I am going to try reinstalling OS X on my old machine, but this time, with a Unix filesystem rather than HFS plus. I have no idea what will happen, but it should be interesting. (Anyone out there tried this yet?) If nothing else, I should a truly case-sensitive Mac. The other solution might be to run OS X server. Presumably it is more robust than the standard edition.

New TechNotes on cfgraph, Verity and Oracle

Indexing PDF files created with Acrobat Distiller 4.x or higher causes ColdFusion MX on Solaris to restart:

Unable to serve Flash content generated by cfgraph via HTTPS:

Oracle 9i Thin Client driver causes CPU to spike:

Shared Variable Scopes and Locking

This is a post I made this morning on cf-talk in response to a thread on locking shared variable scopes. The short answer is that you don’t need to unless you are preventing a race condition. For the long answer, read on:

Just some additional interesting information on shared variable scopes: the reason you do not need to lock them (unless you are attempting to prevent a race condition) is that their underlying Java implementations use java.util.Hashtables. Hashtables are synchronized so that two threads cannot modify the same instance of a Hashtable concurrently. So Tony, you are right that Macromedia engineers did the right thing here, otherwise there would be a lot more cflocking going on. For instance, if they had used a HashMap, all access/modification would have to be locked (to prevent actual exceptions as opposed to just unexpected behavior), which would make for a lot more code with no advantages.

Another thing to note is that synchronization at such a low level is very fast and efficient; faster than using cflocks.

Jeremy Allaire, Macromedia Founder Emeritus

I would like to wish Jeremy Allaire all the best as he moves on to new challenges and new adventures. Jeremy will continue to have a role at Macromedia as Founder Emeritus, which means he will remain active within the community, keep in touch with Macromedia management, and occasionally write and speak on Macromedia’s behalf. I would just like to thank Jeremy for everything he has done for Macromedia, and especially for ColdFusion.

Visit Jeremy’s weblog to see what he was to say about it:

Pet Market Blueprint Application on Mac OS X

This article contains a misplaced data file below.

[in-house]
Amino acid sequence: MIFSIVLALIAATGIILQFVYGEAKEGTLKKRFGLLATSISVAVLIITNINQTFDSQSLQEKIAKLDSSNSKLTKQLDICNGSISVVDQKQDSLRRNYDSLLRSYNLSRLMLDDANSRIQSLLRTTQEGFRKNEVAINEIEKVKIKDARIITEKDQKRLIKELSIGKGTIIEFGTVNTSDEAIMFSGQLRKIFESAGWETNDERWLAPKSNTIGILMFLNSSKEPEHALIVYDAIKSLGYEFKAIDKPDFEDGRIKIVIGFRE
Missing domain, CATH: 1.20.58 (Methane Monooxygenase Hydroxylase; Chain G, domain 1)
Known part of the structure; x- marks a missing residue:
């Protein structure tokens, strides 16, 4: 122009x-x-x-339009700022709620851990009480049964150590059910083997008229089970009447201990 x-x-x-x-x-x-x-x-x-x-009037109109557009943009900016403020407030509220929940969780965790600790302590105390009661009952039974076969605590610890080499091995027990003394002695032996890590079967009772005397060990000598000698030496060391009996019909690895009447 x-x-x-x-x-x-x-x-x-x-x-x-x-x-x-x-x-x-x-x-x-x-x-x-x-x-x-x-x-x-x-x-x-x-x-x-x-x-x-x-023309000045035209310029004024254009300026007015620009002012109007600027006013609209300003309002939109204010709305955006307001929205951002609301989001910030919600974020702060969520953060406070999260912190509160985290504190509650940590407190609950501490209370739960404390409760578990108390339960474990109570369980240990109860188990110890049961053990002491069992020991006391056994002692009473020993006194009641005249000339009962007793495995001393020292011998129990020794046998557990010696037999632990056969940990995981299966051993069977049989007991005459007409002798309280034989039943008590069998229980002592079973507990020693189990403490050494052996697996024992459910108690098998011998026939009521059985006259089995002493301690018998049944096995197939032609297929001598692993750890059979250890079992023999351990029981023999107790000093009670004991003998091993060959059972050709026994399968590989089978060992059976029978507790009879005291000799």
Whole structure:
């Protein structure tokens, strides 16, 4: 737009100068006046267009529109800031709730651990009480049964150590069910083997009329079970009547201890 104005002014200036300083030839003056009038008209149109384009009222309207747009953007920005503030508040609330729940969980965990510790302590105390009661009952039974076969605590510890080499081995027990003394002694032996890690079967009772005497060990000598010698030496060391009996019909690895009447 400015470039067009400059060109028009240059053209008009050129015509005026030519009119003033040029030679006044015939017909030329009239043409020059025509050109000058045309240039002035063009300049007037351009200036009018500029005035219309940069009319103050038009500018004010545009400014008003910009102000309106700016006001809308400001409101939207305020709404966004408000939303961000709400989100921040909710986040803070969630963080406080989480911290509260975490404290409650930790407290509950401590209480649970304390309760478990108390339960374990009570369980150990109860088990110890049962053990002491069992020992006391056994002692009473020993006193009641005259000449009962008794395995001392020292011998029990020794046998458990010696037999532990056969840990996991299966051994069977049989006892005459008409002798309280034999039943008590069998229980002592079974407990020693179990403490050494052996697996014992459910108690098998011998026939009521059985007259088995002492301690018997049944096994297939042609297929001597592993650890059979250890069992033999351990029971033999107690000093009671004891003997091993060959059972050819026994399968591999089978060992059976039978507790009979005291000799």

In my spare time, I have been trying to get the Pet Market Blueprint app (Flash version) running on CFMX and JRun 4 on my Mac. As it turns out, the Unix version technically works just fine right out of the box — just follow the instructions, and even the datasource will be set up properly since Pointbase is a 100% pure Java implementation. There is one little detail, however, that actually has more to do with JRun configuration than the Pet Market app itself, but boy is it a tricky one.

JRun comes with it’s own version of Flash Remoting which is mapped to flashservices/gateway. It is a Java-only version of Flash remoting, meaning it will not find and delegate to ColdFusion components. Of course, ColdFusion for J2EE servers comes with Flash Remoting as well, so you have to find a way for the two of them to coexist. I found that both of the options below worked, depending on how I had CFMX configured:

  1. If you are using a context root for ColdFusion (like “cfmx” or “cfusion”), edit the shell_init.xml file in the petmarket web directory. You can continue to use the “default” backend (you do not have to use j2ee), but you will need to add your context root before the flashservices/gateway reference in the gatewayURI tag. For instance, if your context root is “cfmx”, your tag should look like this:
    <gatewayURI dir="cfmx/flashservices/gateway" />

    Save the file and everything should run fine. You don’t even have to restart anything.

  2. If you do not use a context path for ColdFusion (more properly stated, if your context root is “” or “/”), you simple need to make sure that the Flash Remoting gateway that came with JRun does not intercept your requests. The easiest way to do this is to go into the JRun administrator (http://localhost:8000) and change the context root of the Flash Remoting Enterprise application to anything other than flashservices (for instance, I changed it to “flash-services”). Then redeploy the Flash Remoing application or restart JRun and you should be good to go.

If you want to give it a try, download the necessary files here: